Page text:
bronze coins included with each record

The narration was done by the then well-known Art Baker (1898-1966) who appeared in over 40 films but was best remembered as the host of the 1950s television program "You Asked for It". It looks like Art died the year they were released making this his swan song.

The foldout sleeve includes important dates in the president’s life and while in office. Each record had an original color portrait of the President painted by Reynold Brown (1917-1991). Mr. Brown produced US Government posters during WWII and over 250 movie posters between1951 and 1970 such as Mutiny on the Bounty and Creature from the Black Lagoon. When you look at the portraits you can definitely see that influence and style. Have a look at them all here.

I had to borrow a turntable to listen to them so I went ahead and converted them to MP3s while I did that. Now you can listen to them too! I wish I kept better notes along the way but hearing them was like stepping back in time to those old grade school documentaries. Overall the audio style was very atypical of their period with the lordly narration and corny music. I didn't denote any political bias of any particular President. One thing I jotted down in a scribbled note was the complete lack of any mention of Andrew Jackson's Indian Removal policy. Not a word.
Each track follows the same pattern where we eventually hear, as the subtitle suggests, each president "speak". Other than Art's narration no one is credited for the other voice work and we don't hear the actual President's voice until Hoover. The first President to be recorded was in fact  Benjamin Harrison in 1889. I imagine there wasn't enough material or good quality material until the 1920s.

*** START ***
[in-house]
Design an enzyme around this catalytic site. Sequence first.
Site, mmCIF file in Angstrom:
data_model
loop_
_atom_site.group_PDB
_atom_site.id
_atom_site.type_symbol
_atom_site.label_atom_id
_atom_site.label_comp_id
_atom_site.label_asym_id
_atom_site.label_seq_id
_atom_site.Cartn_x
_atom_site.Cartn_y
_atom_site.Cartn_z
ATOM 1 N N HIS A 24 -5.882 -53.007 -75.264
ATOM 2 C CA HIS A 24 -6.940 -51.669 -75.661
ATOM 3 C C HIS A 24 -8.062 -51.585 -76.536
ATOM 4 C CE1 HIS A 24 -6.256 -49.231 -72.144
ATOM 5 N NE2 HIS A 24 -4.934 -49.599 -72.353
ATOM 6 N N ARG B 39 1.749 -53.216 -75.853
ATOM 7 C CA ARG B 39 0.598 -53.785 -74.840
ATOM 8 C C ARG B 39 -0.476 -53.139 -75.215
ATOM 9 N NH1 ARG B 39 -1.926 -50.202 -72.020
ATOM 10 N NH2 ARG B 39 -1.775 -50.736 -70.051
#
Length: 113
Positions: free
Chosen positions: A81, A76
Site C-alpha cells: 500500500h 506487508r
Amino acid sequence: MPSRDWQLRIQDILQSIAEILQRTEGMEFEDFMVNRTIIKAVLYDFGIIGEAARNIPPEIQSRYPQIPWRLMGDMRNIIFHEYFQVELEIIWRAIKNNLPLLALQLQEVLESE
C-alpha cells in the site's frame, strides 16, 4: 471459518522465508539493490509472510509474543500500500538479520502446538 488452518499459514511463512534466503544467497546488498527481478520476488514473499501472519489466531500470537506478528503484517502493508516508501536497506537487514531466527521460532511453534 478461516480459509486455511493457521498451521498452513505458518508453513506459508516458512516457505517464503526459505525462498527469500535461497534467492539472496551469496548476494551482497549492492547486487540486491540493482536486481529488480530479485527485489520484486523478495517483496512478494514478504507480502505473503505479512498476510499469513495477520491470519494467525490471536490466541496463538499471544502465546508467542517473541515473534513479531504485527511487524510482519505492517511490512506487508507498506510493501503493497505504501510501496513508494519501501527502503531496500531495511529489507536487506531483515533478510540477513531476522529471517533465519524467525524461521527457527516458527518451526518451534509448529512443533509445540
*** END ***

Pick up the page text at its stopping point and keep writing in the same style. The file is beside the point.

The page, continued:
1975 Bicentennial LP re-issue
There are a few mistakes on the liner notes. Again with Jackson, he was "Old Hickory" not "Old Rough and Ready", which was Zachary Taylor. Andrew Johnson is listed as Republican. While Johnson was the VP for Republican Lincoln, Johnson was a Democrat. This was a choice to help ease tension with the South. That seemed like a pretty big mistake on both counts.

In researching I learned that the records were repackaged in 1975 as twelve LPs or cassettes (with no medallions) for the upcoming US 1776 Bicentennial with the tag-line "American Revolution Bicentennial 1776-1976". Featured prominently on the originals, there is no mention of Art Baker on the 1975 LPs. That made me kind of sad to discover but I suppose they didn't want these 10 year old records to seem so dated for a new generation. Kids must have wondered what happened to Nixon and Ford.
This was a fun little project. I always enjoy seeing how history was portrayed in other time periods. As I mentioned before, it was interesting that Jackson's Indian Removal policy was not mentioned in his legacy. This was 1966 after all. While some controversies were noted, these biographies do read, or rather listen, a bit like the safe naiveté of a pasteurized 1950s era text book.
In case you missed the links above, listen to the MP3s here and view the full gallery here.